An interactive map posted on the Internet that shows the whereabouts of people who use fitness devices such as Fitbit also reveals highly sensitive information about the locations and activities of soldiers at U.S. military bases, in what appears to be a major security oversight.
The Global Heat Map, published by the GPS tracking company Strava, uses satellite information to map the locations and movements of subscribers to the company’s fitness service over a two-year period, by illuminating areas of activity.
Strava says it has 27 million users around the world, including people who own widely available fitness devices such as Fitbit and Jawbone, as well as people who directly subscribe to its mobile app. The map is not live — rather, it shows a pattern of accumulated activity between 2015 and September 2017.
Most parts of the United States and Europe, where millions of people use some type of fitness tracker, show up on the map as blazes of light because there is so much activity.
In war zones and deserts in countries such as Iraq and Syria, the heat map becomes almost entirely dark — except for scattered pinpricks of activity. Zooming in on those areas brings into focus the locations and outlines of known U.S. military bases, as well as of other unknown and potentially sensitive sites — presumably because American soldiers and other personnel are using fitness trackers as they move around.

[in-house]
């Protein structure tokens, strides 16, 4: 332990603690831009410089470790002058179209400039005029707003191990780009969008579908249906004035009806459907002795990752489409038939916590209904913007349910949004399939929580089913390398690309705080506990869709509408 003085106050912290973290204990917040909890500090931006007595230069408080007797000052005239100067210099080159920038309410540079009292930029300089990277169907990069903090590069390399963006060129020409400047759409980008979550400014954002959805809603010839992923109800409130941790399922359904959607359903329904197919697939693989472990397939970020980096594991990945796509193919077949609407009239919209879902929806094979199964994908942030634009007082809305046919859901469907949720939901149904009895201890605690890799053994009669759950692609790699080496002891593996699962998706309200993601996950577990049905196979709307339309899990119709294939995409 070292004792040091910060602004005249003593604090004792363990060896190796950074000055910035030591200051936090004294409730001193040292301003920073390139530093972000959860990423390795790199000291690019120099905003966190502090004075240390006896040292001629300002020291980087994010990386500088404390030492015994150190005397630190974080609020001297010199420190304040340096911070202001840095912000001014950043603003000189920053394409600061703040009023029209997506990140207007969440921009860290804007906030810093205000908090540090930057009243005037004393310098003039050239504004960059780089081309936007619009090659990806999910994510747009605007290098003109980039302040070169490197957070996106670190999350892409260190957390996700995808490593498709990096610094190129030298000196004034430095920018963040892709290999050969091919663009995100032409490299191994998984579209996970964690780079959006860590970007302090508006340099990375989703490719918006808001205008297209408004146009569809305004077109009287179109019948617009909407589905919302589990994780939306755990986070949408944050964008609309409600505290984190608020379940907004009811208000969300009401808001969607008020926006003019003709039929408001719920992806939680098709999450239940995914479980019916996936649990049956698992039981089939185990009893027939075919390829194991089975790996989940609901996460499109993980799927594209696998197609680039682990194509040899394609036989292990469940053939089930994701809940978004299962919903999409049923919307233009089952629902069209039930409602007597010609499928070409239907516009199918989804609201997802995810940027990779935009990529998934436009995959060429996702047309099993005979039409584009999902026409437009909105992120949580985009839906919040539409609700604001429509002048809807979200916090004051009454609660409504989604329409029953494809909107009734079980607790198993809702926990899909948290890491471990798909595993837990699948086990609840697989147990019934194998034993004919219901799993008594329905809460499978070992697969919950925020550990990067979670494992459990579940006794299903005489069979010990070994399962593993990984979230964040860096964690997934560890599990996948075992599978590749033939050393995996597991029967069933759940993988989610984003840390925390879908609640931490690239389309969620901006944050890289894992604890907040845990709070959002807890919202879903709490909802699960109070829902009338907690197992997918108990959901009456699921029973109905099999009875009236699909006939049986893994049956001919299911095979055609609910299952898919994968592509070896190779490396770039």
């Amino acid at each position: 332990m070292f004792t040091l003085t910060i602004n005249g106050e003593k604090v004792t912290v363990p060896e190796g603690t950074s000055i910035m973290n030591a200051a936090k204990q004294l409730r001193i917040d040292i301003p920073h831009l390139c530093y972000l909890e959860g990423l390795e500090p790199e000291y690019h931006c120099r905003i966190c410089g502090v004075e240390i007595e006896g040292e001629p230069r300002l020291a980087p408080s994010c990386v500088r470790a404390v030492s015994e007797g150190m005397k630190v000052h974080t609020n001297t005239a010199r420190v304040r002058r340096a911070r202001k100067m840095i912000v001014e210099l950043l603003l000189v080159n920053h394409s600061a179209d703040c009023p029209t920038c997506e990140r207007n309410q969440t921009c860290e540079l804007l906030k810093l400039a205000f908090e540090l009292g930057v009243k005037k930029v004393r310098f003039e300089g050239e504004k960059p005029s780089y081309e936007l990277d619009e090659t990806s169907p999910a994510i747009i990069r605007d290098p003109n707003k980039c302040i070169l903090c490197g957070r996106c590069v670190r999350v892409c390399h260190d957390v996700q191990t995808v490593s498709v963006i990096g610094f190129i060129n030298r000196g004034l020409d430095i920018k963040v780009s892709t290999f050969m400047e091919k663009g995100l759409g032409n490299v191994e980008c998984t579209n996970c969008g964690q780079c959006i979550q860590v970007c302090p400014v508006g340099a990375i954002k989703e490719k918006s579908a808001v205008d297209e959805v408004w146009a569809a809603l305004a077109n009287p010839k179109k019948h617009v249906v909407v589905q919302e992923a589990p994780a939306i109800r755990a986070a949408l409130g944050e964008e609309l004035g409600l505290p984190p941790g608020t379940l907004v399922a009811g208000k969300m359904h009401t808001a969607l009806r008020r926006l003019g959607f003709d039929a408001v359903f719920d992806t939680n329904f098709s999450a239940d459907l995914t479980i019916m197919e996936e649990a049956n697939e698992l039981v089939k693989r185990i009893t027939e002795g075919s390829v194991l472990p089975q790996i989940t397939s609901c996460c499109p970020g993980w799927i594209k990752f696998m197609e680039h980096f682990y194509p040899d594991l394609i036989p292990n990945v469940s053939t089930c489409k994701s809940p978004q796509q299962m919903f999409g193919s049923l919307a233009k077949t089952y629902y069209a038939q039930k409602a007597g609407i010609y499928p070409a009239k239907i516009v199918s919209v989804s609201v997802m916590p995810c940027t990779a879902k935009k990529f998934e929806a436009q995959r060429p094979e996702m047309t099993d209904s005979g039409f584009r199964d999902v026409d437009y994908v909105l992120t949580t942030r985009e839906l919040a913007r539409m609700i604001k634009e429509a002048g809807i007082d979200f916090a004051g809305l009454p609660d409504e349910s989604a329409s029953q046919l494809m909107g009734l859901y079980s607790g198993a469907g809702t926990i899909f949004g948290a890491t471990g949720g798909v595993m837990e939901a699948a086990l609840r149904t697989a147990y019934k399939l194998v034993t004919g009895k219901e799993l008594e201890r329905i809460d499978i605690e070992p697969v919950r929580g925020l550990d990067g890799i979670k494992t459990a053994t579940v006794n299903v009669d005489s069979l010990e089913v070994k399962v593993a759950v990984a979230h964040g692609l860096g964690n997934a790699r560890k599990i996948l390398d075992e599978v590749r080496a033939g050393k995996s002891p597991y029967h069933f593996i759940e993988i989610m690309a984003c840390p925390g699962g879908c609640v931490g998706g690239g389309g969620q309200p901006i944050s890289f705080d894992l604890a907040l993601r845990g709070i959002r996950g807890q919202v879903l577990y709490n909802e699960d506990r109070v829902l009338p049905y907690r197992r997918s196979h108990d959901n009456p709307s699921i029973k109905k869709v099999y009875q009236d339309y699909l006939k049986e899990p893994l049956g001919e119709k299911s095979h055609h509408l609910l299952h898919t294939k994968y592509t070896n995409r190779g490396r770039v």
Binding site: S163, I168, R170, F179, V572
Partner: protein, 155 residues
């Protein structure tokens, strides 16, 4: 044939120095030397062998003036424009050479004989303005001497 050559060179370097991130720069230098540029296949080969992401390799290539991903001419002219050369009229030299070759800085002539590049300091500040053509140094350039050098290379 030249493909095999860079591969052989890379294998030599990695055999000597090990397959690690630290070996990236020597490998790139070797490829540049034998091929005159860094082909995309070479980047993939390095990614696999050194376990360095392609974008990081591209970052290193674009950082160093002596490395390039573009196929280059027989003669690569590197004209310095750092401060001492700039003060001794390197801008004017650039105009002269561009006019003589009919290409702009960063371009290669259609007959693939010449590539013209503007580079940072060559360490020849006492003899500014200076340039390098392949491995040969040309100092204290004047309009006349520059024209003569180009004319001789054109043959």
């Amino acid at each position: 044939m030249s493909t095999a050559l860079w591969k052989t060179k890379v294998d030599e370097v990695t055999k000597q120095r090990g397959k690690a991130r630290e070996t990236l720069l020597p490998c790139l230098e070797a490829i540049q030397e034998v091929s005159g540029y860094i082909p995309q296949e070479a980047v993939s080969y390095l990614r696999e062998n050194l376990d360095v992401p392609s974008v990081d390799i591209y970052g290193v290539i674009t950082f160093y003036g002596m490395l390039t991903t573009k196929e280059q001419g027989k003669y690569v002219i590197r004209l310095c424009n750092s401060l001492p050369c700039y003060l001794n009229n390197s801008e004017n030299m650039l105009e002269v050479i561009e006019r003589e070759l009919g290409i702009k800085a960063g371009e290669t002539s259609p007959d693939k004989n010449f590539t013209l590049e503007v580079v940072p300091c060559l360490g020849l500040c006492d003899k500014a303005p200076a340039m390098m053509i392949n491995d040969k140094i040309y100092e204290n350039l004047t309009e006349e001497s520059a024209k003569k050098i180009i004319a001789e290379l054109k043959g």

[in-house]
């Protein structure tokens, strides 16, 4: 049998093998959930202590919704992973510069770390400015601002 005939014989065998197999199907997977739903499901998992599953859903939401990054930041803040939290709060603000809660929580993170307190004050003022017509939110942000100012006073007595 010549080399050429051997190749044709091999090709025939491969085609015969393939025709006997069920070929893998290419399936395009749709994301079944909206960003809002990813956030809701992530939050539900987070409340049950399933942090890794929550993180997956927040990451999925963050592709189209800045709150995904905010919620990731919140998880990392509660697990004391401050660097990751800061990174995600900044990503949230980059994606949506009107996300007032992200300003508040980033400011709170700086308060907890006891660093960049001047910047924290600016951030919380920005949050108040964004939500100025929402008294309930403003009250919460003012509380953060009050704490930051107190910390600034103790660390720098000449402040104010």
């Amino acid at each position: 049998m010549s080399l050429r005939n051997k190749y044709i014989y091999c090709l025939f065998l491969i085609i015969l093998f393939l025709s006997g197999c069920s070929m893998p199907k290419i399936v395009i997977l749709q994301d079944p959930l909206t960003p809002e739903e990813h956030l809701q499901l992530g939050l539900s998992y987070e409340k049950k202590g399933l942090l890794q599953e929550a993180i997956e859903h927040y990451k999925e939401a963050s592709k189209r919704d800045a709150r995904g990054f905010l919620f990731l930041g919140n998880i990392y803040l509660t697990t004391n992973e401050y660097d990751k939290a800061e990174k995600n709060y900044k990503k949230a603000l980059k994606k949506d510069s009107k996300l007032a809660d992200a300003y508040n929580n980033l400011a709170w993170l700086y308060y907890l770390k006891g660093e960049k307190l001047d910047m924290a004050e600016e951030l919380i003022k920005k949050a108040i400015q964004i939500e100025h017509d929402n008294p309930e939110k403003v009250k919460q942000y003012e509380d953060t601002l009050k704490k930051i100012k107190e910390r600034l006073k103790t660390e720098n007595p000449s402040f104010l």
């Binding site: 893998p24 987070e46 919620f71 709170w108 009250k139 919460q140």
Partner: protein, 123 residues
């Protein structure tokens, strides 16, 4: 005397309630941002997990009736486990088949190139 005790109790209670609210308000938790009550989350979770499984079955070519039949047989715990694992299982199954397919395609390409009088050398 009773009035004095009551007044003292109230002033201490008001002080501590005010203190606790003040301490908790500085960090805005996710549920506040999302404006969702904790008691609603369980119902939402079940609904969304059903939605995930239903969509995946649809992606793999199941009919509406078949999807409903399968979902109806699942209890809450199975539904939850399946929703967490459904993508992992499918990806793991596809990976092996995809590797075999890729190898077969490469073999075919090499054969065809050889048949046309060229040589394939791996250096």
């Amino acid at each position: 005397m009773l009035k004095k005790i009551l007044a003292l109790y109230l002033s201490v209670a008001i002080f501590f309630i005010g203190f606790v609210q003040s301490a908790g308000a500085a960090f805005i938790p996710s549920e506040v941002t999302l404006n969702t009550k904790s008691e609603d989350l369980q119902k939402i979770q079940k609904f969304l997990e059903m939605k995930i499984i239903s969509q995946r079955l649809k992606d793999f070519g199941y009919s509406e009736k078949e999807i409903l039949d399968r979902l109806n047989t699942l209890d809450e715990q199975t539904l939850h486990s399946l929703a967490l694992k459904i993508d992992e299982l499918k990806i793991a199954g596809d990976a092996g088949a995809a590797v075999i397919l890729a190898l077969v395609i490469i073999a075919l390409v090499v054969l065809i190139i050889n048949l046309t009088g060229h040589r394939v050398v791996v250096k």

The U.S.-led coalition against the Islamic State said on Monday it is revising its guidelines on the use of all wireless and technological devices on military facilities as a result of the revelations.
The existing rules on the privacy settings to be applied to devices such as fitness trackers are being “refined” and commanders at bases are being urged to enforce existing rules governing their use, according to a statement from the Central Command press office in Kuwait.
“The rapid development of new and innovative information technologies enhances the quality of our lives but also poses potential challenges to operational security and force protection,” said the statement, which was issued in response to questions from The Washington Post.
“The Coalition is in the process of implementing refined guidance on privacy settings for wireless technologies and applications, and such technologies are forbidden at certain Coalition sites and during certain activities,” it added.